Ms Aslam went on to study Economics and Business Finance at the prestigious Brunel University in London, graduating in 1996. Her first job in the business sector was as a communications manager at a West London agency before moving into the investment, automotive, data marketing and education sectors. 

It was this background in business and finance that helped Ms Aslam create the first BLF, eight years ago. The festival has grown from a two-day event in 2014 to a 10-day calendar full of diverse readings, entertainment, and performances. Due to the pandemic, the festival went fully digital in 2020 and had a mixture of live and digital events last year. 

Ms Aslam says that the inspiration to launch the festival comes from the desire to create something that would create a change in the city and that it would inspire people, raise aspirations, and increase literacy across the district. 

The drive to make a positive socio-economic change in Bradford coupled with nearly two decades worth of experience is what made BLF what it is today. The festival went from “an idea”, to an award-winning culture and art movement akin to the Hay Festival or the comedy Fringe Fest in Scotland. 

The literature fest also holds events for school children free of charge dotted around the year.

“The ambition was to create a world-leading literacy festival that is open and accessible for people who would not be able to engage in arts and culture”, Ms Aslam added.

The festival is free to children, people on benefits, people living in social housing, asylum seekers and refugees. “I don’t think you can talk about making meaningful social change and wanting children to engage with reading without giving people access.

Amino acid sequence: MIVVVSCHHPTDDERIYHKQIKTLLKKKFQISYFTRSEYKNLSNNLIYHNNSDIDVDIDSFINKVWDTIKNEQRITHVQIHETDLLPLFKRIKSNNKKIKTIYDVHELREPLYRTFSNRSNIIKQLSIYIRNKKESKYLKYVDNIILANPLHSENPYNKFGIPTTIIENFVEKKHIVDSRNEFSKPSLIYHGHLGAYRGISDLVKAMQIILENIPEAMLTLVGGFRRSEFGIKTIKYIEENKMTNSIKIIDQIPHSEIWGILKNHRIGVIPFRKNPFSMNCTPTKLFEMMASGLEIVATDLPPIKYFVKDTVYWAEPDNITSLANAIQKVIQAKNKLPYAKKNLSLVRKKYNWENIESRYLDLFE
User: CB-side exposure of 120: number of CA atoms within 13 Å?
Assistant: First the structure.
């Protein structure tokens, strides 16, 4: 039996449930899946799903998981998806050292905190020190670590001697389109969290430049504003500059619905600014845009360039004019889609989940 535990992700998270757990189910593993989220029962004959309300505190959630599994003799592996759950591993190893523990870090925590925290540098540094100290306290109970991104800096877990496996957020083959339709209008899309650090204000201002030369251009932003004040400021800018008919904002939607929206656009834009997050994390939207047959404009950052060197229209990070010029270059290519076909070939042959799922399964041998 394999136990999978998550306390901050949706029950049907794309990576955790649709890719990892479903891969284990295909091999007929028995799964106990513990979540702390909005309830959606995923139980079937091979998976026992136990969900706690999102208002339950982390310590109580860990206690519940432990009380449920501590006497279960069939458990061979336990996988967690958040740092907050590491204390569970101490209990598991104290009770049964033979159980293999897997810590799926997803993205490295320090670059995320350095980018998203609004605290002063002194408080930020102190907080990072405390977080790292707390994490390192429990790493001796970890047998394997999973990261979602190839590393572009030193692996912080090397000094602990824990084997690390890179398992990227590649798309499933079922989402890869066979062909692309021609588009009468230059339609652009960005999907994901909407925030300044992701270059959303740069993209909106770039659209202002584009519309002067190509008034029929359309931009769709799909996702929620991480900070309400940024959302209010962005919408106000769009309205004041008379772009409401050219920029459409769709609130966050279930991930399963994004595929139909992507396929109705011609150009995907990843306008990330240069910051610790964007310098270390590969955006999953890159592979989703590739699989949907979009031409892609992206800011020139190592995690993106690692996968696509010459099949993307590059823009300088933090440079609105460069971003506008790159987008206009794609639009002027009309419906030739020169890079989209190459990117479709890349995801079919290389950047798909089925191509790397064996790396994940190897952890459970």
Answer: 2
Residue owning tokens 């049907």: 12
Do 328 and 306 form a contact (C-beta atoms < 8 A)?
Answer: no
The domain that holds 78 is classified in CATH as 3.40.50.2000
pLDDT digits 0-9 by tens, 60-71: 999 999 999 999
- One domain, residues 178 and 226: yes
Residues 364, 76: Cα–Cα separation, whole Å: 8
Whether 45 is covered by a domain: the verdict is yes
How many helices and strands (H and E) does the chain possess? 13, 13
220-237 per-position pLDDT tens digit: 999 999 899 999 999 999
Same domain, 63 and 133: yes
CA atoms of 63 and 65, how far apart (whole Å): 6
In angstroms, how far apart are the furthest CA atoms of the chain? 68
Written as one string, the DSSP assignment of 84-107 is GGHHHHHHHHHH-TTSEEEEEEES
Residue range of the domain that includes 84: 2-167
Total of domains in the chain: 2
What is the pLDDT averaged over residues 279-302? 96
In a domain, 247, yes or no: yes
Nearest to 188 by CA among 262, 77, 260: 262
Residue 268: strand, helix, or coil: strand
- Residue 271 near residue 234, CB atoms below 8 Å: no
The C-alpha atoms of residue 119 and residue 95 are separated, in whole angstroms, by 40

“I’ve been really lucky that I see things from two sides. When I lived in Pakistan, I bought books and was given books but when we came to the UK, it was almost as if we were starting again. It is the experience that a lot of migrants faced, that there wasn’t money to buy books. 

“Without access to the library and the push from my mum, I might not have gone to university, and I might not do what I am doing now.

“I’m very aware of the different things that can create life chances. There are a lot of things that might not have been open to me because my mother doesn’t speak a lot of English. 

“As I got older and went to arts and culture events, I noticed that it is a very select audience. You typically need money to engage with these things. You need money to buy tickets to events and books.”

Bradford was chosen, over Halifax, Ms Aslam’s hometown, because of how easy it is for visitors from across the UK and internationally to visit. She said: “When you grow up in the way I did, you don’t think about geographical boundaries, so to me, we are the BLF, and we are based in Bradford, but it is for the entire region, and it is a national festival that everyone can come to.”

The festival not only brings an international spotlight to Bradford, but it serves as a launching pad for young creatives from across the region. The founders of Fox & Windmill, an up-and-coming publishing house for Northern South Asian writers, Habiba Desai and Sara Razzaq, met at the festival in 2016. 

In 2019, more than 70,000 people attended the festival, with 57% of the audience attending the festival with a free or discounted ticket. More than half (55%) of the audience identified themselves as Black, Asian, or Minority Ethnic, and 55% of the audience reported incomes below the national average. 

Last year, the festival hosted 220 speakers across 100 sessions, with 50% of the events taking place digitally. Notable people speaking at the festival include Abdul Hakim Murad, Jeanette Wilson, Michael Rosen, A A Dhand, Anita Rani, Saima Mir, and Aamnah Rashman.

The date for Bradford Literature Festival 2022 has been set for 24 June to 3 July. Ms Aslam couldn’t say what is in store for the festival this year, but “more information is going to be released in the not too distance future.” 

Asian Standard wishes everyone a happy International Women’s Day 2022.